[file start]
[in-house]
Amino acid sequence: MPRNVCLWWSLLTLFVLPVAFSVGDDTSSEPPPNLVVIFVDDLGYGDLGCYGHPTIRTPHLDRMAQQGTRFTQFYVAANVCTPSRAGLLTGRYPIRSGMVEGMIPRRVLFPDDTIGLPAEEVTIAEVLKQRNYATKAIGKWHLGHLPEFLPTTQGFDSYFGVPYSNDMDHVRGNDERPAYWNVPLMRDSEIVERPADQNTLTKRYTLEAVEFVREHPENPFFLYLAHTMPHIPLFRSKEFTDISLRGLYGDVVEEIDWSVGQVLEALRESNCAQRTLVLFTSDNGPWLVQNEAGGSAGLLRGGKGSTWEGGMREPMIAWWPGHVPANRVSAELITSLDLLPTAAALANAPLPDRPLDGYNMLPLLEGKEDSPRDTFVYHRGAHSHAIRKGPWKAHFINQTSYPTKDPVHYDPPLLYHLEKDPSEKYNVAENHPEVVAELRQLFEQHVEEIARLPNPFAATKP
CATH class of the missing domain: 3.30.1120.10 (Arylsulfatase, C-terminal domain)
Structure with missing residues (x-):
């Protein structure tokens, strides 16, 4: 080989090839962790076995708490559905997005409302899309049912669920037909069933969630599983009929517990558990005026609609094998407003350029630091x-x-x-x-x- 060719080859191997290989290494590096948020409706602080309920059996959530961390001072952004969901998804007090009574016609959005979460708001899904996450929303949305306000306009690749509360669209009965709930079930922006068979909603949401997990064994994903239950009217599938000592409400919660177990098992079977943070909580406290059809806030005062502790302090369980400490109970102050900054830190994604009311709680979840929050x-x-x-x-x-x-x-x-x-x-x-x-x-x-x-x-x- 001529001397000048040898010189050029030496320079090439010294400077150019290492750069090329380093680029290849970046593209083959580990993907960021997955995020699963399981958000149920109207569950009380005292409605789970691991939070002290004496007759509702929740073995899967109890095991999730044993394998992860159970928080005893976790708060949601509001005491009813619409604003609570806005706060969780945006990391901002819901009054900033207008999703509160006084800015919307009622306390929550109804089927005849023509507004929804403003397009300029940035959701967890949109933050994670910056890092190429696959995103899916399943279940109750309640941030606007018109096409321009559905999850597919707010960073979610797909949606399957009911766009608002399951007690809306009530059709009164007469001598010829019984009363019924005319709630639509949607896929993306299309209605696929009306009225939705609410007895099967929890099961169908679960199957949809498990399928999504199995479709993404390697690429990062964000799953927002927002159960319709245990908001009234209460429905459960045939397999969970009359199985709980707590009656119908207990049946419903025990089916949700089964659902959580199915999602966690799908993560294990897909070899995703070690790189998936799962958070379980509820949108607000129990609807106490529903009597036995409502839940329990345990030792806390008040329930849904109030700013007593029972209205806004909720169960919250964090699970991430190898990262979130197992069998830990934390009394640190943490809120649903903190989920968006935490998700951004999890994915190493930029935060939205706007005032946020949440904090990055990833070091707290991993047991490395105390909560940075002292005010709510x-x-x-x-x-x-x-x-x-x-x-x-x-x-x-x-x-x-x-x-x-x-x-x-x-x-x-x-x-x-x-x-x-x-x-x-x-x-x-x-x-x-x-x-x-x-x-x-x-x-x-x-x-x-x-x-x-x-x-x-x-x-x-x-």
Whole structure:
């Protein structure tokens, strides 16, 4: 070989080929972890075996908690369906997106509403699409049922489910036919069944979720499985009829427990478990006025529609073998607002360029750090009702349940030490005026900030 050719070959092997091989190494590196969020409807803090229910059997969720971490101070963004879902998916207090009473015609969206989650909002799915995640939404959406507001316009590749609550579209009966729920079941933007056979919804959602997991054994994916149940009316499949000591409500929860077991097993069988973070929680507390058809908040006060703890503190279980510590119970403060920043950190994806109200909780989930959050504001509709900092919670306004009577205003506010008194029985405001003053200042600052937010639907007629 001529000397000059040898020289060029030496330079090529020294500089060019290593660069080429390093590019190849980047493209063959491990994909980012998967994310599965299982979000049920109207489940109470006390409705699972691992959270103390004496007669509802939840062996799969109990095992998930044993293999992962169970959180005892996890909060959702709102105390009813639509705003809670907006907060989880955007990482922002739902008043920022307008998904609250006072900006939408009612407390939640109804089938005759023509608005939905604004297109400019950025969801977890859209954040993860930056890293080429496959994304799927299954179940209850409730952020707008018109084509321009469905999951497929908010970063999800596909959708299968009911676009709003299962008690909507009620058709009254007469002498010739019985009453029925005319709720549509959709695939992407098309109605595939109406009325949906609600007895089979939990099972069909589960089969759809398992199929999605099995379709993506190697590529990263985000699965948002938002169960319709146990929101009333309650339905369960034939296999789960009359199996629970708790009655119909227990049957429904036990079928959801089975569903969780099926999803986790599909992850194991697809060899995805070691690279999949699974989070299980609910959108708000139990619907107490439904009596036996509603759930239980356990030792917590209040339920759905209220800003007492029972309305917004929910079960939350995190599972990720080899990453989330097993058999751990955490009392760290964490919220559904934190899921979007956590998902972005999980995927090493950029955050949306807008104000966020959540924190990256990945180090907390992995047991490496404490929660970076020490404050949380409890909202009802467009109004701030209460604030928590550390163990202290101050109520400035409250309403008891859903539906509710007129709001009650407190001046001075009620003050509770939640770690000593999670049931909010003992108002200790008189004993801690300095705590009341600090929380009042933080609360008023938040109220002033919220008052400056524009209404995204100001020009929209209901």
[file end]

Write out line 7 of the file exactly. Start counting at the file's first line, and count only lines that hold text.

């Protein structure tokens, strides 16, 4: 070989080929972890075996908690369906997106509403699409049922489910036919069944979720499985009829427990478990006025529609073998607002360029750090009702349940030490005026900030 050719070959092997091989190494590196969020409807803090229910059997969720971490101070963004879902998916207090009473015609969206989650909002799915995640939404959406507001316009590749609550579209009966729920079941933007056979919804959602997991054994994916149940009316499949000591409500929860077991097993069988973070929680507390058809908040006060703890503190279980510590119970403060920043950190994806109200909780989930959050504001509709900092919670306004009577205003506010008194029985405001003053200042600052937010639907007629 001529000397000059040898020289060029030496330079090529020294500089060019290593660069080429390093590019190849980047493209063959491990994909980012998967994310599965299982979000049920109207489940109470006390409705699972691992959270103390004496007669509802939840062996799969109990095992998930044993293999992962169970959180005892996890909060959702709102105390009813639509705003809670907006907060989880955007990482922002739902008043920022307008998904609250006072900006939408009612407390939640109804089938005759023509608005939905604004297109400019950025969801977890859209954040993860930056890293080429496959994304799927299954179940209850409730952020707008018109084509321009469905999951497929908010970063999800596909959708299968009911676009709003299962008690909507009620058709009254007469002498010739019985009453029925005319709720549509959709695939992407098309109605595939109406009325949906609600007895089979939990099972069909589960089969759809398992199929999605099995379709993506190697590529990263985000699965948002938002169960319709146990929101009333309650339905369960034939296999789960009359199996629970708790009655119909227990049957429904036990079928959801089975569903969780099926999803986790599909992850194991697809060899995805070691690279999949699974989070299980609910959108708000139990619907107490439904009596036996509603759930239980356990030792917590209040339920759905209220800003007492029972309305917004929910079960939350995190599972990720080899990453989330097993058999751990955490009392760290964490919220559904934190899921979007956590998902972005999980995927090493950029955050949306807008104000966020959540924190990256990945180090907390992995047991490496404490929660970076020490404050949380409890909202009802467009109004701030209460604030928590550390163990202290101050109520400035409250309403008891859903539906509710007129709001009650407190001046001075009620003050509770939640770690000593999670049931909010003992108002200790008189004993801690300095705590009341600090929380009042933080609360008023938040109220002033919220008052400056524009209404995204100001020009929209209901």